Technology stocks have been through a roller-coaster of a ride this week leaving investors wondering if it's the start of a crash or just a temporary blip.
Bernard Doyle, JBWere's head of investment strategy, believes it's a shake-up rather than a burst bubble and says it's important to keep it all in perspective.
While the falling tech stocks have had a big profile in New Zealand, those that have fallen in the United States make up only around 15 per cent of the technology sector which as a whole is around 15 per cent of the public market.
Doyle says it's the internet stocks and software-as-a-service type businesses which have fallen the most as those stocks were also valued at more than double the rest of the market. The US technology sector as a whole still has a lower valuation than the rest of the equity market.
Doyle says it doesn't have the hallmarks of a meltdown that spills over to the wider sector and causes investors to run for the hills in droves.
The problem in New Zealand is that most of our technology stocks are those software-as-a-service types.
BIG AND SMALL FALL
Xero is a prime example of this type of stock. Its shares closed at $31.50 on Wednesday - the lowest the company has traded at since December last year and down from a March 10 peak of $44.98.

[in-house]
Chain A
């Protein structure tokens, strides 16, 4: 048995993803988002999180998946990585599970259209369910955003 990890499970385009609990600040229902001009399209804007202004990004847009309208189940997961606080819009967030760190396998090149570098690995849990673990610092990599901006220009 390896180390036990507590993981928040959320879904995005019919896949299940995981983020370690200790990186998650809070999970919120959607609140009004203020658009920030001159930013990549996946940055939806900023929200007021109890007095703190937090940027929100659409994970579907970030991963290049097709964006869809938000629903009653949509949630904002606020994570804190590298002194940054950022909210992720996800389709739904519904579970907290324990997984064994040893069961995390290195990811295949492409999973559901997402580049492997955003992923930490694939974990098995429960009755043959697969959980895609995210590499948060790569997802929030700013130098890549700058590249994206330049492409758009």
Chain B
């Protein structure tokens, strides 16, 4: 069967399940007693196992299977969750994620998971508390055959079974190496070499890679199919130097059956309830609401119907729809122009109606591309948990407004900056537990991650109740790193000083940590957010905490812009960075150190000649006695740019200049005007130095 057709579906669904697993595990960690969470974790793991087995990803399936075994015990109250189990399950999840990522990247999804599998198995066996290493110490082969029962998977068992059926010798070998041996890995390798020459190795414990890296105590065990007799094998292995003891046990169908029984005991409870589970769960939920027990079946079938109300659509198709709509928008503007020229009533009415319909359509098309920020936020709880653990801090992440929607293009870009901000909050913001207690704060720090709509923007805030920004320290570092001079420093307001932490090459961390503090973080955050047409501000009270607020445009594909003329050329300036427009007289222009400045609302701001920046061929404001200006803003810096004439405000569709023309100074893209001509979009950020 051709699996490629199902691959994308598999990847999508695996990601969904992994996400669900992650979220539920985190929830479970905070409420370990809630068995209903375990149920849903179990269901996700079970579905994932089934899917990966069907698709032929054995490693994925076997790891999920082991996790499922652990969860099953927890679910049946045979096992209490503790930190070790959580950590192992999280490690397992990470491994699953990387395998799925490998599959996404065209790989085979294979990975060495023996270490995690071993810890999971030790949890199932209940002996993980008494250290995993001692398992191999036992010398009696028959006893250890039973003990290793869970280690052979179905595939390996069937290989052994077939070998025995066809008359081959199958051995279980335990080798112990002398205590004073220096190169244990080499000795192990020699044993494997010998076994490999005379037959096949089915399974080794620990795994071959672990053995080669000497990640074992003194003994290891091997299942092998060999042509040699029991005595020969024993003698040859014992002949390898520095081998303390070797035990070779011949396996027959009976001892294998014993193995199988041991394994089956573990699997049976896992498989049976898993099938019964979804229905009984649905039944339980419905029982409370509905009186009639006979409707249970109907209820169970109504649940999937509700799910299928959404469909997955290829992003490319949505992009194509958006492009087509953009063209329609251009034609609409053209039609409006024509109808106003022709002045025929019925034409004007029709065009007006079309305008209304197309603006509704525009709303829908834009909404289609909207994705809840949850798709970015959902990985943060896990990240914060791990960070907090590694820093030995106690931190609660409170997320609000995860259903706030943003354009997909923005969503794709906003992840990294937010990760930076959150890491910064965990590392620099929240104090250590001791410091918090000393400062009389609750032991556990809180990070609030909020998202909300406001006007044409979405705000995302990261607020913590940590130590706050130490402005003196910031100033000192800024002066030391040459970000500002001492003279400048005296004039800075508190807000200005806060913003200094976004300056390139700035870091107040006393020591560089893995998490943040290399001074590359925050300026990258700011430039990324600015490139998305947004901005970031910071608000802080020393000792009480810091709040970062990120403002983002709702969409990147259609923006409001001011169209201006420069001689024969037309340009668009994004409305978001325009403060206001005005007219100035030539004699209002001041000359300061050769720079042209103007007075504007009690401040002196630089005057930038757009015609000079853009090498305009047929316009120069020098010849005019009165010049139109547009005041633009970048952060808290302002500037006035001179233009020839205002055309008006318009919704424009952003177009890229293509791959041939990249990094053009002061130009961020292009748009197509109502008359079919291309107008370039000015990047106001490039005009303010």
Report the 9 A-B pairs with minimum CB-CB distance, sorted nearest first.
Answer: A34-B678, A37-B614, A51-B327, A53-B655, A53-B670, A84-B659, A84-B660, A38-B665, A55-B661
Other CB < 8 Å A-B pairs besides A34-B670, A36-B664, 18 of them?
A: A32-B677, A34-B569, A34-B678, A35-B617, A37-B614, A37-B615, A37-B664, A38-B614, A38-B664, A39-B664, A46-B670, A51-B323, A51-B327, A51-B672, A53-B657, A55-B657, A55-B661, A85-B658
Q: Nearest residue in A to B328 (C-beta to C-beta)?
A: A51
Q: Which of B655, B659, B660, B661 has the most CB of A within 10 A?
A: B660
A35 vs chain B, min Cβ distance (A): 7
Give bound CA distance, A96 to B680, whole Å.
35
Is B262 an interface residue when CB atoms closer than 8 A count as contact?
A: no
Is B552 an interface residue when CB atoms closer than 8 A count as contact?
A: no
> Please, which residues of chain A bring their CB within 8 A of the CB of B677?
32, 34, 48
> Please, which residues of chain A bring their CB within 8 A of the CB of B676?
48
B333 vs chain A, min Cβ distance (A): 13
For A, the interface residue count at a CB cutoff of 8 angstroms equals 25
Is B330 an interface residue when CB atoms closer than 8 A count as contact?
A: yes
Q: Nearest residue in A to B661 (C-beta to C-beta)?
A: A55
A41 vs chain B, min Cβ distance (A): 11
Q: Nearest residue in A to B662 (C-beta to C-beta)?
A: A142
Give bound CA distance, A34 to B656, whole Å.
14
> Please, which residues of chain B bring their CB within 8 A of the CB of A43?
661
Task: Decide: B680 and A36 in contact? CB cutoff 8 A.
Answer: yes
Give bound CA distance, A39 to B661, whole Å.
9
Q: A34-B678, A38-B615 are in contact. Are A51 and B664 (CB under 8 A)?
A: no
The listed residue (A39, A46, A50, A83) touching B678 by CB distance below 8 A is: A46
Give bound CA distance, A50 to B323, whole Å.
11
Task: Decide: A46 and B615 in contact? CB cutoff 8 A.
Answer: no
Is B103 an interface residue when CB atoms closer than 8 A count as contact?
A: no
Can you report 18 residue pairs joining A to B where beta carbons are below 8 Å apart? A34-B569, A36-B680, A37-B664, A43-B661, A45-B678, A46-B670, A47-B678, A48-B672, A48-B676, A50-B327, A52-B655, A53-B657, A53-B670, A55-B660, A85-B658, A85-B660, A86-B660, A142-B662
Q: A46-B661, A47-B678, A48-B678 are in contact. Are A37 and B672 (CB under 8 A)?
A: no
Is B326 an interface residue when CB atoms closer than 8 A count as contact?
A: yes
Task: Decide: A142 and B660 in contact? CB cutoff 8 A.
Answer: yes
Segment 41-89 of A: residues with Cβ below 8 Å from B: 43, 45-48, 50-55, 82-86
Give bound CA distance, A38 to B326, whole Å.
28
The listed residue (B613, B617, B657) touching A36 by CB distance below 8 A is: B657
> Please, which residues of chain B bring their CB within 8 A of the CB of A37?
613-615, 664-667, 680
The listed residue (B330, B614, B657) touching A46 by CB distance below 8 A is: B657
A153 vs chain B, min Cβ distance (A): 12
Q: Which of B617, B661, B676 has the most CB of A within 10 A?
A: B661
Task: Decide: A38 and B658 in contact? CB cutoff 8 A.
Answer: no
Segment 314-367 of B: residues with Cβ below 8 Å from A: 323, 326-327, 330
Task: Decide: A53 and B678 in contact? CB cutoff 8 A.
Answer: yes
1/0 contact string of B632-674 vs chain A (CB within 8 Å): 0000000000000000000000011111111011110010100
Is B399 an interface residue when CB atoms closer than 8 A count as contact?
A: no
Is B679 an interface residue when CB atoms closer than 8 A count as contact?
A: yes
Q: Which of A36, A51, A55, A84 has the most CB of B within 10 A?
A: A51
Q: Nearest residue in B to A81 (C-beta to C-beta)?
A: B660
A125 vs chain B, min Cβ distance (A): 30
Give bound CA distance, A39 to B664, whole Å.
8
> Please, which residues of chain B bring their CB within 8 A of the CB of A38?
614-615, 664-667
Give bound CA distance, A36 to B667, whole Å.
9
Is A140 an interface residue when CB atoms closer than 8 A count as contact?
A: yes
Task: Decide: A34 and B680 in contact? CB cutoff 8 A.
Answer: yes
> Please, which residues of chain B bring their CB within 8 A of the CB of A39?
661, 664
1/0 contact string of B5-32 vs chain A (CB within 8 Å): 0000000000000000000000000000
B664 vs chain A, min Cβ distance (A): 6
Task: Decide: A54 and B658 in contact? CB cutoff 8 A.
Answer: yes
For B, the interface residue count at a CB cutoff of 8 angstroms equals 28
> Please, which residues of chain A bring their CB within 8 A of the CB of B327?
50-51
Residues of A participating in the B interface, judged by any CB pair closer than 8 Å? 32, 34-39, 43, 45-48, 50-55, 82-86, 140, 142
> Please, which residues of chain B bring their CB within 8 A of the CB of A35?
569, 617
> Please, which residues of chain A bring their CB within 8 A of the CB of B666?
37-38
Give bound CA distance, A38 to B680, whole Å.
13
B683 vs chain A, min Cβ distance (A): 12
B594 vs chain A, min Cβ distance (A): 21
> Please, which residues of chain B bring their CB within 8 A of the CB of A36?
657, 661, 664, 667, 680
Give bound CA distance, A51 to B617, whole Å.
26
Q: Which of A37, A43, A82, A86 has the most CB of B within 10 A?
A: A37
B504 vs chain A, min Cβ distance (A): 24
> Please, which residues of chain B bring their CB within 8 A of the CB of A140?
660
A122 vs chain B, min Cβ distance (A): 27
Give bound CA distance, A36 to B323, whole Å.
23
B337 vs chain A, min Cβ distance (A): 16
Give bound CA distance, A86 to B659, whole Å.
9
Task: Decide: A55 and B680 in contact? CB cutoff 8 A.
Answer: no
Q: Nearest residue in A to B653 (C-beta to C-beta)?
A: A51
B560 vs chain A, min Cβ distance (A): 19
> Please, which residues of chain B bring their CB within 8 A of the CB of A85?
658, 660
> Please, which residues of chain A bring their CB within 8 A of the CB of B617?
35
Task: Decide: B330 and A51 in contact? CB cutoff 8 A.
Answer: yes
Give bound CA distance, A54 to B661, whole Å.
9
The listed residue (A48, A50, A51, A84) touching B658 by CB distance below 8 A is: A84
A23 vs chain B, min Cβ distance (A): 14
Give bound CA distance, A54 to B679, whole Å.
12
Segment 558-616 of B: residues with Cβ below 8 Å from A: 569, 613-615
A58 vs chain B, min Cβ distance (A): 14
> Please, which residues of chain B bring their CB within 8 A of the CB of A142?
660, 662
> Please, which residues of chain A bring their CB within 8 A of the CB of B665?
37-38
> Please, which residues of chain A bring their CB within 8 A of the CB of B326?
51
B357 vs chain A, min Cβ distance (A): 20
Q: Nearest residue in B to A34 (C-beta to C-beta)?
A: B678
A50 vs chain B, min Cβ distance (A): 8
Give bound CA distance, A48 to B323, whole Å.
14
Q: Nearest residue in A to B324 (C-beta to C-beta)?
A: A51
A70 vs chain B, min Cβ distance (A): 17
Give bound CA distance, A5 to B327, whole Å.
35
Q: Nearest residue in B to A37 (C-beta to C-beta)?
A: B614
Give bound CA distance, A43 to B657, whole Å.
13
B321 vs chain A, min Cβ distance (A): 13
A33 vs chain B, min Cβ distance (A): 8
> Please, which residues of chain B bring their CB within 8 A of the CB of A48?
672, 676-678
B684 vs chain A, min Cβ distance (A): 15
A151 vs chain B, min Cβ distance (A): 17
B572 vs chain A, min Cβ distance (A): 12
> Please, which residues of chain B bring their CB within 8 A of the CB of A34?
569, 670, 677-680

That's a nearly 30 per cent decline although it has since recovered some ground, closing up $1 at $33.10 yesterday.
SLI Systems has fallen off a similar amount, dropping from its $2.85 peak in January to close at $1.95 on Tuesday - a drop of 31.6 per cent - before recovering some ground to close at $2.05 yesterday.
Wynyard Group has suffered less of a decline, falling 23 per cent from its recent peak of $3.20 to $2.45 on Tuesday. It closed at $2.50 yesterday.
But the stock to feel the most impact has been tech minnow GeoOP. Since its recent peak of $3.15 in January it plummeted 59 per cent to $1.39 on Tuesday, before recovering to close at $1.50 yesterday.
The company listed late last year and is headed by Leanne Graham - a former Xero staffer.
Doyle believes the tech sector decline is a good wake-up call.